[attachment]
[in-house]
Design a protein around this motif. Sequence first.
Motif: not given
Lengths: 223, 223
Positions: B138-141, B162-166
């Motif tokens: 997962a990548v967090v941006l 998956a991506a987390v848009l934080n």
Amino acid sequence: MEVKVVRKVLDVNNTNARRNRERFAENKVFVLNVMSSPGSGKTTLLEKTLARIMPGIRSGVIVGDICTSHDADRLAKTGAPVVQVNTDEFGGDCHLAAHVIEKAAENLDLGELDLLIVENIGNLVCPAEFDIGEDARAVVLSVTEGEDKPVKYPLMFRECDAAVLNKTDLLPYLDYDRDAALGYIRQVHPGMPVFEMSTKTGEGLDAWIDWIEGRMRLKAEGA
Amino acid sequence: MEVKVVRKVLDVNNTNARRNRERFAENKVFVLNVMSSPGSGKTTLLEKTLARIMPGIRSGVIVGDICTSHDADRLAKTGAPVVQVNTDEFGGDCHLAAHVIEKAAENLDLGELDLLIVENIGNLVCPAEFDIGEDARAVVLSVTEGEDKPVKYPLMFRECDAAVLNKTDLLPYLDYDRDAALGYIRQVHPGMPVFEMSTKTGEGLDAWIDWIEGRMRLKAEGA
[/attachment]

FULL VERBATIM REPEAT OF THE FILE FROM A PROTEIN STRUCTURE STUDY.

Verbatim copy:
[in-house]
Design a protein around this motif. Sequence first.
Motif: not given
Lengths: 223, 223
Positions: B138-141, B162-166
């Motif tokens: 997962a990548v967090v941006l 998956a991506a987390v848009l934080n």
Amino acid sequence: MEVKVVRKVLDVNNTNARRNRERFAENKVFVLNVMSSPGSGKTTLLEKTLARIMPGIRSGVIVGDICTSHDADRLAKTGAPVVQVNTDEFGGDCHLAAHVIEKAAENLDLGELDLLIVENIGNLVCPAEFDIGEDARAVVLSVTEGEDKPVKYPLMFRECDAAVLNKTDLLPYLDYDRDAALGYIRQVHPGMPVFEMSTKTGEGLDAWIDWIEGRMRLKAEGA
Amino acid sequence: MEVKVVRKVLDVNNTNARRNRERFAENKVFVLNVMSSPGSGKTTLLEKTLARIMPGIRSGVIVGDICTSHDADRLAKTGAPVVQVNTDEFGGDCHLAAHVIEKAAENLDLGELDLLIVENIGNLVCPAEFDIGEDARAVVLSVTEGEDKPVKYPLMFRECDAAVLNKTDLLPYLDYDRDAALGYIRQVHPGMPVFEMSTKTGEGLDAWIDWIEGRMRLKAEGA